With Cave of the Yellow Dog, Mongolian writer/director Byambasuren Davaa returns to the strange blend of documentary realism and mythic allegory that she explored in her feature debut, The Story of the Weeping Camel (2003).
And while there is nothing here that quite matches the bizarre intensity of the sequence that gave the earlier film its title, Cave of the Yellow Dog still resonates with an evocative symbolism that belies the apparent simplicity of its storytelling. There may be no camels weeping, but this remains a mournful elegy for the passing of an entire culture.
Returning to the steppes to spend the summer with her nomadic family at about the same time as a wolf has come back to menace their livestock, young Nansal (Nansal Batchuluun) is full of stories of life in the city where she has begun attending school. While on an errand for her mother (Buyandulam Batchuluun), Nansal finds a dog in a cave and wants to adopt it – but her father (Urjindorj Batchuluun) is opposed to this, fearing that the stray has been living amongst wolves and will attract even more of the predators to his flocks. The bond between girl and dog grows – but then the father returns from a business trip in the city, and Nansal and her family must decide, as they pack up their yurts and move on to their next temporary settlement, whether to bring the dog (named Zochor) along with them, or to leave it behind forever.
Nansal, her parents and her two younger siblings (Batbayar Batchuluun, Nansalmaa Batchuluun) deliver remarkably unaffected performances, not least because the camera, shooting mostly in long shots from a distance, becomes a casual observer of the family’s unscripted behaviours, lending the film a naturalism that borders on social anthropology – except that their every utterance and gesture appears also to be in the service of a broader fable, where the lure of the city and the encroachment of modernity represent no less a threat to the nomads’ traditional way of life than the circling wolves and vultures. Just as Zochor strays somewhere between wildness and domesticity, Nansal is drifting away from her native plains (where, like Zochor, she easily becomes lost) towards a more urbanised life. She may still play with earthy dung, but what she fashions from it is “yurts on top of each other like in the city”.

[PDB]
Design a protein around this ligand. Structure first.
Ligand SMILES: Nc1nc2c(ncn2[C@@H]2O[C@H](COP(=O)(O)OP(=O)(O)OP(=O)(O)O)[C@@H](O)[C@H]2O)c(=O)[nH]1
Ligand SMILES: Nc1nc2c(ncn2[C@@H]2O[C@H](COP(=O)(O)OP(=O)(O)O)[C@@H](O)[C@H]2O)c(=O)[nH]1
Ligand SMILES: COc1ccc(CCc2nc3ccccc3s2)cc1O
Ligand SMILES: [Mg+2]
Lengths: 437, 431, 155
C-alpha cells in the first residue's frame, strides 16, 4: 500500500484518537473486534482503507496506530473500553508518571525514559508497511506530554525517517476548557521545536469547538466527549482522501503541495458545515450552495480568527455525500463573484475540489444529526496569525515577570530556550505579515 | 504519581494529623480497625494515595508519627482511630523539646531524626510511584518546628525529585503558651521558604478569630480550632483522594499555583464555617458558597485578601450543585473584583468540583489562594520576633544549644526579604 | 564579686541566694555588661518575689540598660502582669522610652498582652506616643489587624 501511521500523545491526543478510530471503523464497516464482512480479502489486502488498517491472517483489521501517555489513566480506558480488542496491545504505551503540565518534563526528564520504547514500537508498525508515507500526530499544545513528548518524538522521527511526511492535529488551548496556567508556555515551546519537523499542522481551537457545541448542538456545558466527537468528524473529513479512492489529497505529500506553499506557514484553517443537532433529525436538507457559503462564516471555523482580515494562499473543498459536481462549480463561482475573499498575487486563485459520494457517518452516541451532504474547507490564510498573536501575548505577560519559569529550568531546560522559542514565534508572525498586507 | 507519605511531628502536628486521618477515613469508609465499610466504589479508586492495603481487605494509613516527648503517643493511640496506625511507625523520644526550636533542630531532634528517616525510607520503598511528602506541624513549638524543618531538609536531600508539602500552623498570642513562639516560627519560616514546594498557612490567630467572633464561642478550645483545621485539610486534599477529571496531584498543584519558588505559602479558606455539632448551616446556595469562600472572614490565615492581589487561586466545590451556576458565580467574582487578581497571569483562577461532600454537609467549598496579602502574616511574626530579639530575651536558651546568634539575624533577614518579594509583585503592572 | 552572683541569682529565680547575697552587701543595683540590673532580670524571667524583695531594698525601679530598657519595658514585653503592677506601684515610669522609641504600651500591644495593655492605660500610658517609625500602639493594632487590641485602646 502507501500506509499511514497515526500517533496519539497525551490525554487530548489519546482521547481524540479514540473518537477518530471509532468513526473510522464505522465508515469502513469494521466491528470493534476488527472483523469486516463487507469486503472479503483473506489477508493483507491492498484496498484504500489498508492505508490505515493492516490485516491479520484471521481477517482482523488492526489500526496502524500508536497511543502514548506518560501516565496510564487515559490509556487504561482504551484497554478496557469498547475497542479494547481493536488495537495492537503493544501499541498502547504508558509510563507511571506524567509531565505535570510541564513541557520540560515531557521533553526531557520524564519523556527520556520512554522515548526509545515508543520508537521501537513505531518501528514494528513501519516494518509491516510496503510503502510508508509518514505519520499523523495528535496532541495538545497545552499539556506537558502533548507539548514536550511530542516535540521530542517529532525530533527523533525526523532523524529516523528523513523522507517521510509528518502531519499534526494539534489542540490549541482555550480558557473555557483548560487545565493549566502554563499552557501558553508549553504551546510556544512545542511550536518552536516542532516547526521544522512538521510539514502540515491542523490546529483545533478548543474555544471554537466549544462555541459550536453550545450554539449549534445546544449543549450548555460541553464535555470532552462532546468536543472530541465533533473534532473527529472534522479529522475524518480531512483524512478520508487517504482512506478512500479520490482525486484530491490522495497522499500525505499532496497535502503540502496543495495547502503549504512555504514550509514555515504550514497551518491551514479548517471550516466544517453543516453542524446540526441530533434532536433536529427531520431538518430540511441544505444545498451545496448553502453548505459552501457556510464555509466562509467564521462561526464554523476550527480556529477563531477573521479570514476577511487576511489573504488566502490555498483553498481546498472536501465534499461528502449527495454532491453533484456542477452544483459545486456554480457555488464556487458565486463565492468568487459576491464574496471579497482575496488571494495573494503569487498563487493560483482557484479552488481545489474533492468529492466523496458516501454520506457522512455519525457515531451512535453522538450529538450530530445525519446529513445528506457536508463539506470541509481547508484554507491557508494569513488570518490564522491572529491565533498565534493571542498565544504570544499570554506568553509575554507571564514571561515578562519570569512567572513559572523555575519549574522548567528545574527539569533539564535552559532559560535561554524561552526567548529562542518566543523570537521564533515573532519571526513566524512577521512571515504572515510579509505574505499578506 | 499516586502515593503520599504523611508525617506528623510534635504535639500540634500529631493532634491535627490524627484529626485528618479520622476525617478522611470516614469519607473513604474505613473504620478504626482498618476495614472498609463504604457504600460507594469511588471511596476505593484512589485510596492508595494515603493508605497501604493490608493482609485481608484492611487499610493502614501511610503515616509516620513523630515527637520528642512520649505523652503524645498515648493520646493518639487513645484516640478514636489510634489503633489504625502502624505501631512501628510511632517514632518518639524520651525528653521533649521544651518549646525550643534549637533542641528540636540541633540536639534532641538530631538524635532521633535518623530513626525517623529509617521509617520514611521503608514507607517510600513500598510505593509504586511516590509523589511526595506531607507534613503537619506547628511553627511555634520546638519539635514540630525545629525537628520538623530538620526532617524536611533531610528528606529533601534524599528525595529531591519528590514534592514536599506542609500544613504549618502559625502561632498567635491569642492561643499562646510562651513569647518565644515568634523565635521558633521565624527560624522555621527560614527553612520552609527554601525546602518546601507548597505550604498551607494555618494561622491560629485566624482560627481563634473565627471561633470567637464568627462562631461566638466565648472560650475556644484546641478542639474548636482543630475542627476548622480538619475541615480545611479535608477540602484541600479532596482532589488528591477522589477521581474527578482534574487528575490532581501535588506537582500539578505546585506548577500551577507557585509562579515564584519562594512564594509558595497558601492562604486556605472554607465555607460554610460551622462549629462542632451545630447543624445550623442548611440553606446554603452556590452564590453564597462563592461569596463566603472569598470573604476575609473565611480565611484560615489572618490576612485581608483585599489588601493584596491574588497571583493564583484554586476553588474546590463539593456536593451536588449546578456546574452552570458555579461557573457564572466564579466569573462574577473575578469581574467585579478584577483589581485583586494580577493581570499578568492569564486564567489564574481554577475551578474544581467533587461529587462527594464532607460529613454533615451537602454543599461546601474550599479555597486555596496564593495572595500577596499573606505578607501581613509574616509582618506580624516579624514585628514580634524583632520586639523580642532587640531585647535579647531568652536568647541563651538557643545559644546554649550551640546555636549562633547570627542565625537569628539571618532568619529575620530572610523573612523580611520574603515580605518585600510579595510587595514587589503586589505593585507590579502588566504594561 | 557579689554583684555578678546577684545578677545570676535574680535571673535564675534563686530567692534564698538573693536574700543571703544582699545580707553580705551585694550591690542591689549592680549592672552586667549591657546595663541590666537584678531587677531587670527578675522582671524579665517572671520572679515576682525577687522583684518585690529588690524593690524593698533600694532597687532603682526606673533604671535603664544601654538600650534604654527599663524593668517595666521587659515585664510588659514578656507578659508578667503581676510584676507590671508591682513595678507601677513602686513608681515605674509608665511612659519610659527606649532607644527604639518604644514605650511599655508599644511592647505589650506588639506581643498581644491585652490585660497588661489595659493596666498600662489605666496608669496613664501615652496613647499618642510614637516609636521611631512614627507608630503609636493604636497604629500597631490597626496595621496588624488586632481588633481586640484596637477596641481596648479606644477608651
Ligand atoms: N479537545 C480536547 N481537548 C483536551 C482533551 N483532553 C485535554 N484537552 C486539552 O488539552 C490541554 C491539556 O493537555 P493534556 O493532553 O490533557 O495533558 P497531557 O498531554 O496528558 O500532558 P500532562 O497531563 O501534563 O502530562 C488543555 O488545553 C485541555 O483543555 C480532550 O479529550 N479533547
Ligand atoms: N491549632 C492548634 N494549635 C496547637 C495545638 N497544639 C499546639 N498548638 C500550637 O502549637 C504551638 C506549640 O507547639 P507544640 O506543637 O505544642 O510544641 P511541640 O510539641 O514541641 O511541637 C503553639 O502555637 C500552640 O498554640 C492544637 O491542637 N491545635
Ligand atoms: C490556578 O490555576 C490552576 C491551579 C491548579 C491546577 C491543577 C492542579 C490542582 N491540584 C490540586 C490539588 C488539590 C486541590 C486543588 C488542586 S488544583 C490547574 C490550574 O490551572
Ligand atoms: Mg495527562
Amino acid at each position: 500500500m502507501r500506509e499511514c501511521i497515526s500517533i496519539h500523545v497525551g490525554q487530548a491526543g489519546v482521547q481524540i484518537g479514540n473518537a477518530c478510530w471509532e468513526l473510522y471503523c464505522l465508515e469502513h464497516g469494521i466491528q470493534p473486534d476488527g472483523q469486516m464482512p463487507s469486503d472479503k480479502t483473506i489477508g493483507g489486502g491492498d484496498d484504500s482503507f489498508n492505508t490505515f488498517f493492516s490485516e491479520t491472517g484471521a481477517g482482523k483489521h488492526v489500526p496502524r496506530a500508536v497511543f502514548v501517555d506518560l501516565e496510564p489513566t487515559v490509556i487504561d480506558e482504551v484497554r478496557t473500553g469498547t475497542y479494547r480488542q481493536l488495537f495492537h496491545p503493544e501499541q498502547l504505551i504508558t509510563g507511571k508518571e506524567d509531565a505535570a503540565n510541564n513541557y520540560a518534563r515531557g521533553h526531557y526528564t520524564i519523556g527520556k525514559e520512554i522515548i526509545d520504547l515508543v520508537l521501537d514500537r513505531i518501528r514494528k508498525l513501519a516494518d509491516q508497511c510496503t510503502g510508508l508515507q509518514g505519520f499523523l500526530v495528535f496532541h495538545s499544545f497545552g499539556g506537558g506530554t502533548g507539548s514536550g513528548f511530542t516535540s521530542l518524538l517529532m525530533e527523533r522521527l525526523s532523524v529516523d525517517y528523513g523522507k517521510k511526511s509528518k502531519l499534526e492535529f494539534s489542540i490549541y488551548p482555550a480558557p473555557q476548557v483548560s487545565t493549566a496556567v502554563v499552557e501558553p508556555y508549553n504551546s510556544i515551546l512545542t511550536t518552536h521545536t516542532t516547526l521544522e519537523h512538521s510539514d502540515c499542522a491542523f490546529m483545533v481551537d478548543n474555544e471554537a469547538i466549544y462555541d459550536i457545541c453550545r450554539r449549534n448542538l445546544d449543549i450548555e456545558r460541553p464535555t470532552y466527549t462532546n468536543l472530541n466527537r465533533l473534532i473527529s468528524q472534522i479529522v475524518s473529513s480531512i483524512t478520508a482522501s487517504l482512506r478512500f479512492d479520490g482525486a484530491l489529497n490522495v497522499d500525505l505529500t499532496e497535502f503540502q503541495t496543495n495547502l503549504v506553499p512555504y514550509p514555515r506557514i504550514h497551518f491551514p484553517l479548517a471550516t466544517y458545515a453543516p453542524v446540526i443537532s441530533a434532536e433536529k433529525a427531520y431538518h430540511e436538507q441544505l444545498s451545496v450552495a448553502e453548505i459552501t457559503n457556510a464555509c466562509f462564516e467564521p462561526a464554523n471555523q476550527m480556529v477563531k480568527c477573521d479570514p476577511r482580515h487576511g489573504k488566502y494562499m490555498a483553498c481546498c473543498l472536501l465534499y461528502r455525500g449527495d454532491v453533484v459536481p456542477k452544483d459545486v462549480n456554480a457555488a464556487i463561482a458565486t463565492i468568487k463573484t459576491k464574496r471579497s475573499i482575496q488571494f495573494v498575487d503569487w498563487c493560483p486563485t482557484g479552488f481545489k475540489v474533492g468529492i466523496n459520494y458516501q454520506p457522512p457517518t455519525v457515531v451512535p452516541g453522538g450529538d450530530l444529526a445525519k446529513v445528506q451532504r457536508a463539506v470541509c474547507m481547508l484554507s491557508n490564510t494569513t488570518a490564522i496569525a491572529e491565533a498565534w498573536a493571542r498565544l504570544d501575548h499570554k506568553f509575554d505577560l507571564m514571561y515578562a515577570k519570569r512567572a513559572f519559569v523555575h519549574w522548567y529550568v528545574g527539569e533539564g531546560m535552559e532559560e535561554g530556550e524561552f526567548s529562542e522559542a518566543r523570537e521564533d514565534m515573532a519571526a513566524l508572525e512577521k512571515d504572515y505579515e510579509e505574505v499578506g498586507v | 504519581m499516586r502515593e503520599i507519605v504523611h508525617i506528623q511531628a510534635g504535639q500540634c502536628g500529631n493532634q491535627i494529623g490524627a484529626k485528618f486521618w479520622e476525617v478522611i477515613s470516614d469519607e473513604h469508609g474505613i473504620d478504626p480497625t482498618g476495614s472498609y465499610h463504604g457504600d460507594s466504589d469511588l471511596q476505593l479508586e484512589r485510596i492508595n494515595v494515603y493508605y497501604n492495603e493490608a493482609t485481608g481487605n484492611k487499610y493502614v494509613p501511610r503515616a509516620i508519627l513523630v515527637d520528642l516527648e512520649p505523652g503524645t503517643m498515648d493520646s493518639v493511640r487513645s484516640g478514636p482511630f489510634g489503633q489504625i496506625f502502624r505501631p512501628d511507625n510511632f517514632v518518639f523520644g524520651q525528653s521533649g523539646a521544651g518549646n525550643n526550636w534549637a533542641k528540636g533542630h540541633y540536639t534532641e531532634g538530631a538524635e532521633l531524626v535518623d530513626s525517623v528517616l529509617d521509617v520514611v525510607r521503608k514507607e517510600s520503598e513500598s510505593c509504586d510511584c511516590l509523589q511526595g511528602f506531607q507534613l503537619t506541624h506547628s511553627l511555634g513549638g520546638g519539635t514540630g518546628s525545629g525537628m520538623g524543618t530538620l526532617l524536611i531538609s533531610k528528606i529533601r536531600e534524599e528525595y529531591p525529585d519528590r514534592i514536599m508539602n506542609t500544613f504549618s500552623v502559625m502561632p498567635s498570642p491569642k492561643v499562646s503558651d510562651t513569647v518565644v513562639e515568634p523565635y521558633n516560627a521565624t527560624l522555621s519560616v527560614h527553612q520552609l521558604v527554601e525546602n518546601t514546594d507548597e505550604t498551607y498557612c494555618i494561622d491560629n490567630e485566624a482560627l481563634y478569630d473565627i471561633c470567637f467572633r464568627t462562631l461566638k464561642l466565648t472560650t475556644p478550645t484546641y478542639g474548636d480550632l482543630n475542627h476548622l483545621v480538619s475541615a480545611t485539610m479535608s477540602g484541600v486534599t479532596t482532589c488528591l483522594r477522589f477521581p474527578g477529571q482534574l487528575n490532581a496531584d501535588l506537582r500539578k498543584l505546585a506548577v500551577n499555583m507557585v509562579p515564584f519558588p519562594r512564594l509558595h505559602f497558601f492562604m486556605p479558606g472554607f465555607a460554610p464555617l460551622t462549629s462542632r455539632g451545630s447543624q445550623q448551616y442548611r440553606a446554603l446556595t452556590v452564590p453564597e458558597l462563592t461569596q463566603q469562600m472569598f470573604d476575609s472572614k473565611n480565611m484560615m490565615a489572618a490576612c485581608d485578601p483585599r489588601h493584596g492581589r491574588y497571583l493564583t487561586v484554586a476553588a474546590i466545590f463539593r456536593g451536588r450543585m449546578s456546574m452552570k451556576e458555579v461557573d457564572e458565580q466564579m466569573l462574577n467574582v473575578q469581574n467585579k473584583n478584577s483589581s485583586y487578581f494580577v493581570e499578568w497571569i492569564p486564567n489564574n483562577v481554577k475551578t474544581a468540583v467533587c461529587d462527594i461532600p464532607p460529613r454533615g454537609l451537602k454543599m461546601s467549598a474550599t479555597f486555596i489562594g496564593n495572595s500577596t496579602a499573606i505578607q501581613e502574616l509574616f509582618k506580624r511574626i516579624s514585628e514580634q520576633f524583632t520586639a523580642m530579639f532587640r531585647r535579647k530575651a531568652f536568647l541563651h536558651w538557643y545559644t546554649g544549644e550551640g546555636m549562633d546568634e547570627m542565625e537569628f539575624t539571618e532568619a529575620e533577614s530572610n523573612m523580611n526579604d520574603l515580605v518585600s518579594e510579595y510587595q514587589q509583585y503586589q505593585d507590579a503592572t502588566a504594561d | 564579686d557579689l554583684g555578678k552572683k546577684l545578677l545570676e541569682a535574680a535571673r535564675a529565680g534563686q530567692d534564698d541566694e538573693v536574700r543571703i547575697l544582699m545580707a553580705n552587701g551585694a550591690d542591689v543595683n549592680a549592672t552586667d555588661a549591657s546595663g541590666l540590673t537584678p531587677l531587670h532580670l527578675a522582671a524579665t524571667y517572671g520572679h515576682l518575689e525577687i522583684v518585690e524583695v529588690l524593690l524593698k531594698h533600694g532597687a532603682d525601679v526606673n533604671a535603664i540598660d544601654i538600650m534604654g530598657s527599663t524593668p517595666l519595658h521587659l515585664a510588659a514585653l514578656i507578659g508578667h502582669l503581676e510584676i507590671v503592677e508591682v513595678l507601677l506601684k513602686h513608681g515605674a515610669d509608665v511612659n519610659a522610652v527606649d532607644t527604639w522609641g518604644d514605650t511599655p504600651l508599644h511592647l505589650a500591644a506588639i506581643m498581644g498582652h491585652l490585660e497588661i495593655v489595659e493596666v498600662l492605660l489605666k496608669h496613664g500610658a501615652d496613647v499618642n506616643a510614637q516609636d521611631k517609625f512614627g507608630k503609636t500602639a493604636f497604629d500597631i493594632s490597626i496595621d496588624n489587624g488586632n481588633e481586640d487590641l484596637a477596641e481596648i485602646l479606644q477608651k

In the very middle of the film, a wise old woman tells Nansal a legend about a cave, a yellow dog, a girl’s coming of age, and reincarnation – and while each of these motifs reflects upon aspects of Nansal’s own situation, it is reincarnation, in all its uneven cyclicality, that best encapsulates the film’s central dynamic. For while we do not know what will become of this family, already all the signs of change are there to be seen, and as once again they dismantle their home and set off on their waggon train to an uncertain future, we are left to wonder if this is the end of an era, or just a new beginning.